There are many reasons for a motorcycle's fuel tank to leak, including poor welding from the factory, rust, and damage sustained if the motorcycle is dropped or crashed, among other reasons. A leaky motorcycle fuel tank could cause a fire, and it can cause burns to the skin if the leaking fuel gets in contact with body parts. Leaking fuel can also stain or ruin clothing and gear. Fortunately, a leaking motorcycle fuel tank can be addressed by the do-it-yourselfer.
Drain the fuel. Remove the fuel line from the fuel tank of the motorcycle and allow the fuel to drain into a suitable container. This is typically accomplished by using pliers to compress the wire hose retaining clamp and pulling the fuel line from the fuel tank nipple. Wipe up any spilt fuel with a clean rag.
Remove the fuel tank from motorcycle. Most fuel tanks will have a retaining bolt on the bottom centre of the fuel tank (you may need to lift your seat or remove your seat depending on your particular cycle). Remove this retaining bolt with your adjustable wrench. Tip the fuel tank forward as you lift the rear of the tank, while pulling the tank to the rear.
Allow the fuel tank to vent with the cap off or opened, depending on the style of your gas cap. Aid the process by inserting the air hose from an air compressor into the tank (through the opened cap) and allowing compressed air to ventilate the tank for 10 to 15 minutes.
Remove any rust. Pour paint thinner or acetone (one to two quarts) into the tank and add a handful of small nuts and bolts into the tank. Wrap the filler hole of your fuel tank with cling film and secure this with a rubber band. Shake the fuel tank and rotate to ensure the thinner and nuts and bolts make contact with all points of the tank's interior surface. The nuts and bolts will aid in dislodging any rust from the inside of the tank and create small scratches for the epoxy to adhere to.
Drain the tank. Pour the contaminated thinner and nuts and bolts into a suitable container and allow the tank to dry. Once again, compressed air may be used to aid in this process. This should take no longer than 15 to 20 minutes.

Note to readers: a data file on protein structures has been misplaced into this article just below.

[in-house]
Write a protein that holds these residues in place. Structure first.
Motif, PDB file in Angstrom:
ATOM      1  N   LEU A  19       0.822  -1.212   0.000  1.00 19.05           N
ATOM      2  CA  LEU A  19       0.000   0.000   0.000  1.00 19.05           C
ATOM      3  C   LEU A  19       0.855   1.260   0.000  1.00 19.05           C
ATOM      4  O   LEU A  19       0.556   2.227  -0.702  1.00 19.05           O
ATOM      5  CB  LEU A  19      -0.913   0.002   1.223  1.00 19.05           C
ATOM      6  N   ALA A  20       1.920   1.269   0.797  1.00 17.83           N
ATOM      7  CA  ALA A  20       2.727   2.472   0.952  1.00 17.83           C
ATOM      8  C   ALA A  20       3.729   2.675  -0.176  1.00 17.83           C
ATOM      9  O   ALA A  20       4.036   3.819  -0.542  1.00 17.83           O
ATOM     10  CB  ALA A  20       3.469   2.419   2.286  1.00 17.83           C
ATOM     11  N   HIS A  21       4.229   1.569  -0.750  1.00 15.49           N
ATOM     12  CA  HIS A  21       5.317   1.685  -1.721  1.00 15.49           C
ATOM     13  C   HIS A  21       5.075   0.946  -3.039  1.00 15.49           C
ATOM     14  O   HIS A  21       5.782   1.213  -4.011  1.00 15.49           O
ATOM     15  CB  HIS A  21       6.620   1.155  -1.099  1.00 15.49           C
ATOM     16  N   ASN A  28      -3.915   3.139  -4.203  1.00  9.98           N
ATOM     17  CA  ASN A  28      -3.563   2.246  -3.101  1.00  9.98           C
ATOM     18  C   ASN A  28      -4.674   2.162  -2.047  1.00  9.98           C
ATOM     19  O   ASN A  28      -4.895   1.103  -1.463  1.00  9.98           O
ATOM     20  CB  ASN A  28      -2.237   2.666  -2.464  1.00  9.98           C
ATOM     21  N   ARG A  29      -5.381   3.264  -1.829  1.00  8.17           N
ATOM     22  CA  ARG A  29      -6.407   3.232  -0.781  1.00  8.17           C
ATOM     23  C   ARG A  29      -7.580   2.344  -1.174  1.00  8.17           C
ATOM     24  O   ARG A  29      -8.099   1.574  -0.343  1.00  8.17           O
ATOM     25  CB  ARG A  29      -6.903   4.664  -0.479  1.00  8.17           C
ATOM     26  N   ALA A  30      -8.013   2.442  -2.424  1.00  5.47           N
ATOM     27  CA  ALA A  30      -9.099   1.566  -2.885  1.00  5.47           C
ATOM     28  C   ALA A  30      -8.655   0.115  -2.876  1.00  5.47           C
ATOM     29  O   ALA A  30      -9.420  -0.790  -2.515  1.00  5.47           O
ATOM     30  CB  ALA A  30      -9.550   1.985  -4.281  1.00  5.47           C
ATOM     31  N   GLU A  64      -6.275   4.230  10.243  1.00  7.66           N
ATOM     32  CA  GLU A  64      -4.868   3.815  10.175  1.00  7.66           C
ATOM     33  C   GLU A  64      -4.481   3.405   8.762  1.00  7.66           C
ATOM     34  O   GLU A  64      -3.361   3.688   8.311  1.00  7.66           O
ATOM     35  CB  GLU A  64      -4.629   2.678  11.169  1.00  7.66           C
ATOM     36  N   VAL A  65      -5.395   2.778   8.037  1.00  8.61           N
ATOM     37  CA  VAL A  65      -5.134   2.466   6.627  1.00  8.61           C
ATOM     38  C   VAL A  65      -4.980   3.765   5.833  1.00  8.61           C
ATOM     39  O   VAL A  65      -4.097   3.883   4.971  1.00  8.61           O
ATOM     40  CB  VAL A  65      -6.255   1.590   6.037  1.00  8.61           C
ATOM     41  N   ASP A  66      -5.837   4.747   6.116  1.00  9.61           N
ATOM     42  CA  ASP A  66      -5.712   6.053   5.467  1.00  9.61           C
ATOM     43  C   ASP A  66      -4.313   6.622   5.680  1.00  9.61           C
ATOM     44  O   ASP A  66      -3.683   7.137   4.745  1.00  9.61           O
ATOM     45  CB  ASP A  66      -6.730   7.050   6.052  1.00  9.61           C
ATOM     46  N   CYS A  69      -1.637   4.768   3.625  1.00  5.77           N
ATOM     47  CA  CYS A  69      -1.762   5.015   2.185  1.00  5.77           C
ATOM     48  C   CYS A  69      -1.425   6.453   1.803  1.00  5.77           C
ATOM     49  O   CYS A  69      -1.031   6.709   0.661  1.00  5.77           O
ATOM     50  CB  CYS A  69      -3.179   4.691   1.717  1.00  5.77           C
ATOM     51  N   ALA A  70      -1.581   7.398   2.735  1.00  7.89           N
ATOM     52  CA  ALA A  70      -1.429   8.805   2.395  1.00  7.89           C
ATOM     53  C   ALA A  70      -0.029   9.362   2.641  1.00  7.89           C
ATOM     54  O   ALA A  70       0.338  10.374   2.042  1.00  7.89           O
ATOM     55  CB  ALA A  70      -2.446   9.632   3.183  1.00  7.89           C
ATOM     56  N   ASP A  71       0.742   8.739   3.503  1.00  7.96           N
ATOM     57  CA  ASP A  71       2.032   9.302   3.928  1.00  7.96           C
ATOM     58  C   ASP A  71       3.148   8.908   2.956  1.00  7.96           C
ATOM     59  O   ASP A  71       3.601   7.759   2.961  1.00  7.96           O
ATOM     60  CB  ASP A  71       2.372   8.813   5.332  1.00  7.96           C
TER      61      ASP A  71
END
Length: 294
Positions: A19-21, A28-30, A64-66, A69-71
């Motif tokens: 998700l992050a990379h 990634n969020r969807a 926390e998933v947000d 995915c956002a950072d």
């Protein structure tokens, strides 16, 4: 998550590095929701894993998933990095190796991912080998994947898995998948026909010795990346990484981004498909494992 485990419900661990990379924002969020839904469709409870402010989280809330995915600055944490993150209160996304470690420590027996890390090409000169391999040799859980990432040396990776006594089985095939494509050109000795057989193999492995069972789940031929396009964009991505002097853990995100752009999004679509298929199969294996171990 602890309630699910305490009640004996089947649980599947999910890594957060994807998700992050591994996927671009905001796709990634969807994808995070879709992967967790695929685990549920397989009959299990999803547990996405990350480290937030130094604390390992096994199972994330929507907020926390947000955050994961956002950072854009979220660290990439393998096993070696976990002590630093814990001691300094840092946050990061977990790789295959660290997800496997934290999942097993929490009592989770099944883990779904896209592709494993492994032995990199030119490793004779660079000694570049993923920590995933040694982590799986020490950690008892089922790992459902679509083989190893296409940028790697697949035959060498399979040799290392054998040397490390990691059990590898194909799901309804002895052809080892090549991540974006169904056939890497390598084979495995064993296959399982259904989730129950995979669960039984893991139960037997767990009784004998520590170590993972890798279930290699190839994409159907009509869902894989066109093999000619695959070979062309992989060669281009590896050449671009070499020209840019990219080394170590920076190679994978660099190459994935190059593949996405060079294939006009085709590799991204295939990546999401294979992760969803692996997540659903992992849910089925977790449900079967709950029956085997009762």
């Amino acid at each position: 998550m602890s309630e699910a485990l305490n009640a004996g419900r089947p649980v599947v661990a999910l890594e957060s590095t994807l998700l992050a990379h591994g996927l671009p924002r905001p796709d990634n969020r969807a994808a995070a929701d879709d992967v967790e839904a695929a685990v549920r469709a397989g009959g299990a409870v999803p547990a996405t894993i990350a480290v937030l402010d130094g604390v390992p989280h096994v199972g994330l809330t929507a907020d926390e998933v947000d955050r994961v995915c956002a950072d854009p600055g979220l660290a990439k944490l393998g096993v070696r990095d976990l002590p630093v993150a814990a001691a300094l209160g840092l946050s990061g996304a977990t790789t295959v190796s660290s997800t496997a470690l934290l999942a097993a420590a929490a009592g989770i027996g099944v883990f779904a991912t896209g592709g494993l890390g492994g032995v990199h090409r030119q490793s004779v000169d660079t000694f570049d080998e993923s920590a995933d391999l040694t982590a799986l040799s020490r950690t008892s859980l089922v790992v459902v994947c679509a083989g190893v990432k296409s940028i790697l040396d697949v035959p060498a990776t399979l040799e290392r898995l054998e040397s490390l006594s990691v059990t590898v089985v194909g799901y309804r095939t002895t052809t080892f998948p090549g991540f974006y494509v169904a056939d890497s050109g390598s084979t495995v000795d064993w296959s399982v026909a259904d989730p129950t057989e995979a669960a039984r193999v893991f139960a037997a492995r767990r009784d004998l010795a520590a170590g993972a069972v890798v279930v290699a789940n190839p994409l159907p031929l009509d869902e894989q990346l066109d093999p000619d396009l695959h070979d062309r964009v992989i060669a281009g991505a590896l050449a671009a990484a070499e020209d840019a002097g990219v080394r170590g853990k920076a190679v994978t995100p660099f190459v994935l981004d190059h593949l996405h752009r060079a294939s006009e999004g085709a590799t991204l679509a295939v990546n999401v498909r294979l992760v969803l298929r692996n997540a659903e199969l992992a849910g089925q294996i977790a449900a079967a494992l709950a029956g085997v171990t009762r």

Apply epoxy sealer to the fuel tank. Mix the epoxy sealer and apply to the tank according to the directions of your sealer's manufacturer. Seal the tank's filler hole once again with cling film and secure with a rubber band. Slosh the sealer around the inside of the tank to allow it to coat the entire inside surface of your fuel tank. Pour the excess sealer into a suitable container and allow the sealer inside the tank to dry according to the manufacturer's suggested time frame (typically overnight).
Replace the fuel tank. In the reverse order of the removal steps, install the fuel tank and fill with fuel. If there is still fuel leakage, take the tank to a reputable radiator shop and ask them to reweld the tank. Many radiator repair shops also fix fuel tanks.
Work in a well-ventilated area. Make sure to follow all manufacturer's guidelines and instructions.
Work in a well-ventilated area. Never apply heat to a fuel tank. There is always a risk of explosion.
Tips and warnings
- Work in a well-ventilated area.
- Make sure to follow all manufacturer's guidelines and instructions.
- Work in a well-ventilated area.
- Never apply heat to a fuel tank. There is always a risk of explosion.
Things you need
- Fuel container
- Adjustable wrench
- Paint thinner or acetone
- Small nuts and bolts
- Clean rag
- Cling film
- Rubber bands
- Air hose and air compressor
- Epoxy sealer
- Radiator repair shop (if necessary)